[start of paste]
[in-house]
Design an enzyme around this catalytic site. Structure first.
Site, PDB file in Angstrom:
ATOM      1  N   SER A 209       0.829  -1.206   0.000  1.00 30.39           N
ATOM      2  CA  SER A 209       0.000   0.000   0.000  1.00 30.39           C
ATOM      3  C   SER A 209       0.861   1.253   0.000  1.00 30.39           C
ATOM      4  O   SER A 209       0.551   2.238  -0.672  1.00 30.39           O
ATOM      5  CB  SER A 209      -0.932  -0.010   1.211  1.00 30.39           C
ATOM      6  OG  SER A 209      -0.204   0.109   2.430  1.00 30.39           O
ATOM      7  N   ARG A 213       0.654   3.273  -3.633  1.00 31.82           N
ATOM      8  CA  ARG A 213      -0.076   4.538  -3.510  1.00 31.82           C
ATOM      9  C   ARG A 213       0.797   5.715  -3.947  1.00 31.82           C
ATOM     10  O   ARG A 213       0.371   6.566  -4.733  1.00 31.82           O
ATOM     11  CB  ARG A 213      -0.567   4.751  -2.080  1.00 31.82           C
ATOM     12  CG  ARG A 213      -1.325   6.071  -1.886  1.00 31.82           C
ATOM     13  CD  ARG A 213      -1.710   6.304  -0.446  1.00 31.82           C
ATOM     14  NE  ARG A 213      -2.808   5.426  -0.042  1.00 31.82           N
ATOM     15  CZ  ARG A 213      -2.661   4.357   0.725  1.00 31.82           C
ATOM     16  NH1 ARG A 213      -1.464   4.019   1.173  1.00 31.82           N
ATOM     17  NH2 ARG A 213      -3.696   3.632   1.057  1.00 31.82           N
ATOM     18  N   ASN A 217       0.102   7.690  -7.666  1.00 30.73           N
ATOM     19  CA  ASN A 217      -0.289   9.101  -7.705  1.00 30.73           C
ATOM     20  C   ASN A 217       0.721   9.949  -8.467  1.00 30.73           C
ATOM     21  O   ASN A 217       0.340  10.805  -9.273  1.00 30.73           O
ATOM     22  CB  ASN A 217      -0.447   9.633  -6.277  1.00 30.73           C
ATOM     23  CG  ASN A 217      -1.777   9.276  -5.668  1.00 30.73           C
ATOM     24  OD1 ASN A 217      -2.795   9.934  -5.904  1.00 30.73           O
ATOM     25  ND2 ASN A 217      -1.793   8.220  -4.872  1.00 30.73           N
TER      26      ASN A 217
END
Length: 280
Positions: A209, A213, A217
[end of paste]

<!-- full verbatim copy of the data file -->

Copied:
[in-house]
Design an enzyme around this catalytic site. Structure first.
Site, PDB file in Angstrom:
ATOM      1  N   SER A 209       0.829  -1.206   0.000  1.00 30.39           N
ATOM      2  CA  SER A 209       0.000   0.000   0.000  1.00 30.39           C
ATOM      3  C   SER A 209       0.861   1.253   0.000  1.00 30.39           C
ATOM      4  O   SER A 209       0.551   2.238  -0.672  1.00 30.39           O
ATOM      5  CB  SER A 209      -0.932  -0.010   1.211  1.00 30.39           C
ATOM      6  OG  SER A 209      -0.204   0.109   2.430  1.00 30.39           O
ATOM      7  N   ARG A 213       0.654   3.273  -3.633  1.00 31.82           N
ATOM      8  CA  ARG A 213      -0.076   4.538  -3.510  1.00 31.82           C
ATOM      9  C   ARG A 213       0.797   5.715  -3.947  1.00 31.82           C
ATOM     10  O   ARG A 213       0.371   6.566  -4.733  1.00 31.82           O
ATOM     11  CB  ARG A 213      -0.567   4.751  -2.080  1.00 31.82           C
ATOM     12  CG  ARG A 213      -1.325   6.071  -1.886  1.00 31.82           C
ATOM     13  CD  ARG A 213      -1.710   6.304  -0.446  1.00 31.82           C
ATOM     14  NE  ARG A 213      -2.808   5.426  -0.042  1.00 31.82           N
ATOM     15  CZ  ARG A 213      -2.661   4.357   0.725  1.00 31.82           C
ATOM     16  NH1 ARG A 213      -1.464   4.019   1.173  1.00 31.82           N
ATOM     17  NH2 ARG A 213      -3.696   3.632   1.057  1.00 31.82           N
ATOM     18  N   ASN A 217       0.102   7.690  -7.666  1.00 30.73           N
ATOM     19  CA  ASN A 217      -0.289   9.101  -7.705  1.00 30.73           C
ATOM     20  C   ASN A 217       0.721   9.949  -8.467  1.00 30.73           C
ATOM     21  O   ASN A 217       0.340  10.805  -9.273  1.00 30.73           O
ATOM     22  CB  ASN A 217      -0.447   9.633  -6.277  1.00 30.73           C
ATOM     23  CG  ASN A 217      -1.777   9.276  -5.668  1.00 30.73           C
ATOM     24  OD1 ASN A 217      -2.795   9.934  -5.904  1.00 30.73           O
ATOM     25  ND2 ASN A 217      -1.793   8.220  -4.872  1.00 30.73           N
TER      26      ASN A 217
END
Length: 280
Positions: A209, A213, A217